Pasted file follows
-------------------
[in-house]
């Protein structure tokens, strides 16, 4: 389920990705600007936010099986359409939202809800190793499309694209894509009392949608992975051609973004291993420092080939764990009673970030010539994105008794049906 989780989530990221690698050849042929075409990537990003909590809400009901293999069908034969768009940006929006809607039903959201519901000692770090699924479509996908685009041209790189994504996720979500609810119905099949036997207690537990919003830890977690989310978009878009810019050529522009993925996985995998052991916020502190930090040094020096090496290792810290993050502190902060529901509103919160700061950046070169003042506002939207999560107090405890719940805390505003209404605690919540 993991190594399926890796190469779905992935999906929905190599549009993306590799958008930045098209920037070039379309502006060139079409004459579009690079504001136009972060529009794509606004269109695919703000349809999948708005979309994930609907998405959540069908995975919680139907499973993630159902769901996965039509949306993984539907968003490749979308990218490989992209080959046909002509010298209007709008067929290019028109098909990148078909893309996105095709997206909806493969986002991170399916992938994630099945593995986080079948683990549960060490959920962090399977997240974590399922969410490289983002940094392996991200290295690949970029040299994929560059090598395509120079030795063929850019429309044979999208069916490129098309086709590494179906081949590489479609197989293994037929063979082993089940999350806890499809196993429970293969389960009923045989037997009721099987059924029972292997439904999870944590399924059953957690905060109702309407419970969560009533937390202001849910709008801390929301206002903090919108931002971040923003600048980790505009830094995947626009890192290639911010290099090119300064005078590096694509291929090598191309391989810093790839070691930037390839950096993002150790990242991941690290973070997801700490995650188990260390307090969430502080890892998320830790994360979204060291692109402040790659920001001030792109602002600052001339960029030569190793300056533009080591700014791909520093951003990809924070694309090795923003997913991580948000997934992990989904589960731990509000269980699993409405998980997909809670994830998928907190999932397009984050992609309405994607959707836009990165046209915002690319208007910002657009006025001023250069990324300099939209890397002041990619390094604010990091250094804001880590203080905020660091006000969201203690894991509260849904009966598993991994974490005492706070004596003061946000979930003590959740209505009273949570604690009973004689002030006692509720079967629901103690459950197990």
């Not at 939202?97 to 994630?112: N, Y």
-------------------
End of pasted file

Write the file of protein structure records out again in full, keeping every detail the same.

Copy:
[in-house]
């Protein structure tokens, strides 16, 4: 389920990705600007936010099986359409939202809800190793499309694209894509009392949608992975051609973004291993420092080939764990009673970030010539994105008794049906 989780989530990221690698050849042929075409990537990003909590809400009901293999069908034969768009940006929006809607039903959201519901000692770090699924479509996908685009041209790189994504996720979500609810119905099949036997207690537990919003830890977690989310978009878009810019050529522009993925996985995998052991916020502190930090040094020096090496290792810290993050502190902060529901509103919160700061950046070169003042506002939207999560107090405890719940805390505003209404605690919540 993991190594399926890796190469779905992935999906929905190599549009993306590799958008930045098209920037070039379309502006060139079409004459579009690079504001136009972060529009794509606004269109695919703000349809999948708005979309994930609907998405959540069908995975919680139907499973993630159902769901996965039509949306993984539907968003490749979308990218490989992209080959046909002509010298209007709008067929290019028109098909990148078909893309996105095709997206909806493969986002991170399916992938994630099945593995986080079948683990549960060490959920962090399977997240974590399922969410490289983002940094392996991200290295690949970029040299994929560059090598395509120079030795063929850019429309044979999208069916490129098309086709590494179906081949590489479609197989293994037929063979082993089940999350806890499809196993429970293969389960009923045989037997009721099987059924029972292997439904999870944590399924059953957690905060109702309407419970969560009533937390202001849910709008801390929301206002903090919108931002971040923003600048980790505009830094995947626009890192290639911010290099090119300064005078590096694509291929090598191309391989810093790839070691930037390839950096993002150790990242991941690290973070997801700490995650188990260390307090969430502080890892998320830790994360979204060291692109402040790659920001001030792109602002600052001339960029030569190793300056533009080591700014791909520093951003990809924070694309090795923003997913991580948000997934992990989904589960731990509000269980699993409405998980997909809670994830998928907190999932397009984050992609309405994607959707836009990165046209915002690319208007910002657009006025001023250069990324300099939209890397002041990619390094604010990091250094804001880590203080905020660091006000969201203690894991509260849904009966598993991994974490005492706070004596003061946000979930003590959740209505009273949570604690009973004689002030006692509720079967629901103690459950197990």
């Not at 939202?97 to 994630?112: N, Y």